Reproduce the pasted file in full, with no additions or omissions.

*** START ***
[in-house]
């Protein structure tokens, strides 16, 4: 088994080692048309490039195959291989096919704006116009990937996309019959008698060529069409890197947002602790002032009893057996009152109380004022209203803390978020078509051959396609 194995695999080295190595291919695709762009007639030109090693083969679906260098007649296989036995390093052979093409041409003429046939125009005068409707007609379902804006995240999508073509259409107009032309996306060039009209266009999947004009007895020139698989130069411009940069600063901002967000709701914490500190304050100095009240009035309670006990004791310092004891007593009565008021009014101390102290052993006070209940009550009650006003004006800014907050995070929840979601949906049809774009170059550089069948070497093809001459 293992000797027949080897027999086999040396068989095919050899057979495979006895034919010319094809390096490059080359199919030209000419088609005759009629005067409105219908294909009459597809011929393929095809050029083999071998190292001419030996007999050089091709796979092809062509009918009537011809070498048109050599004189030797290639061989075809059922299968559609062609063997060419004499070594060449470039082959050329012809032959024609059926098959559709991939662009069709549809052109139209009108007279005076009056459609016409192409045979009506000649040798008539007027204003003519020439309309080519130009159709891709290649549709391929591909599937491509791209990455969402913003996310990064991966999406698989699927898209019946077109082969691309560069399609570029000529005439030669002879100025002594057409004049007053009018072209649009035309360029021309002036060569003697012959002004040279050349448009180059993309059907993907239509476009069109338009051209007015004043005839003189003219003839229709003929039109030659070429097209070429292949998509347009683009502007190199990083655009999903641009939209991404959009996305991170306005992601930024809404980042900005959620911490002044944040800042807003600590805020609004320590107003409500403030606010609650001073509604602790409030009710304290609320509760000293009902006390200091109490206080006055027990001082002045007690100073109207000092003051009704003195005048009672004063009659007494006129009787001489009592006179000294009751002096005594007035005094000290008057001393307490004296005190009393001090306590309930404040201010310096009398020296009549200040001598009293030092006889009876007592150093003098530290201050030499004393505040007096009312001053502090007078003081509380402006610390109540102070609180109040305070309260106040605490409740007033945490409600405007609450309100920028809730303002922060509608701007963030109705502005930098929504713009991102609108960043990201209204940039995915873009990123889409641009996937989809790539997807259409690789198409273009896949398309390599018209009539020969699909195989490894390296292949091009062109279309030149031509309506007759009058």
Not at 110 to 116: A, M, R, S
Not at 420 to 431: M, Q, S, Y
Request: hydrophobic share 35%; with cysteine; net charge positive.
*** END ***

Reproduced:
[in-house]
């Protein structure tokens, strides 16, 4: 088994080692048309490039195959291989096919704006116009990937996309019959008698060529069409890197947002602790002032009893057996009152109380004022209203803390978020078509051959396609 194995695999080295190595291919695709762009007639030109090693083969679906260098007649296989036995390093052979093409041409003429046939125009005068409707007609379902804006995240999508073509259409107009032309996306060039009209266009999947004009007895020139698989130069411009940069600063901002967000709701914490500190304050100095009240009035309670006990004791310092004891007593009565008021009014101390102290052993006070209940009550009650006003004006800014907050995070929840979601949906049809774009170059550089069948070497093809001459 293992000797027949080897027999086999040396068989095919050899057979495979006895034919010319094809390096490059080359199919030209000419088609005759009629005067409105219908294909009459597809011929393929095809050029083999071998190292001419030996007999050089091709796979092809062509009918009537011809070498048109050599004189030797290639061989075809059922299968559609062609063997060419004499070594060449470039082959050329012809032959024609059926098959559709991939662009069709549809052109139209009108007279005076009056459609016409192409045979009506000649040798008539007027204003003519020439309309080519130009159709891709290649549709391929591909599937491509791209990455969402913003996310990064991966999406698989699927898209019946077109082969691309560069399609570029000529005439030669002879100025002594057409004049007053009018072209649009035309360029021309002036060569003697012959002004040279050349448009180059993309059907993907239509476009069109338009051209007015004043005839003189003219003839229709003929039109030659070429097209070429292949998509347009683009502007190199990083655009999903641009939209991404959009996305991170306005992601930024809404980042900005959620911490002044944040800042807003600590805020609004320590107003409500403030606010609650001073509604602790409030009710304290609320509760000293009902006390200091109490206080006055027990001082002045007690100073109207000092003051009704003195005048009672004063009659007494006129009787001489009592006179000294009751002096005594007035005094000290008057001393307490004296005190009393001090306590309930404040201010310096009398020296009549200040001598009293030092006889009876007592150093003098530290201050030499004393505040007096009312001053502090007078003081509380402006610390109540102070609180109040305070309260106040605490409740007033945490409600405007609450309100920028809730303002922060509608701007963030109705502005930098929504713009991102609108960043990201209204940039995915873009990123889409641009996937989809790539997807259409690789198409273009896949398309390599018209009539020969699909195989490894390296292949091009062109279309030149031509309506007759009058």
Not at 110 to 116: A, M, R, S
Not at 420 to 431: M, Q, S, Y
Request: hydrophobic share 35%; with cysteine; net charge positive.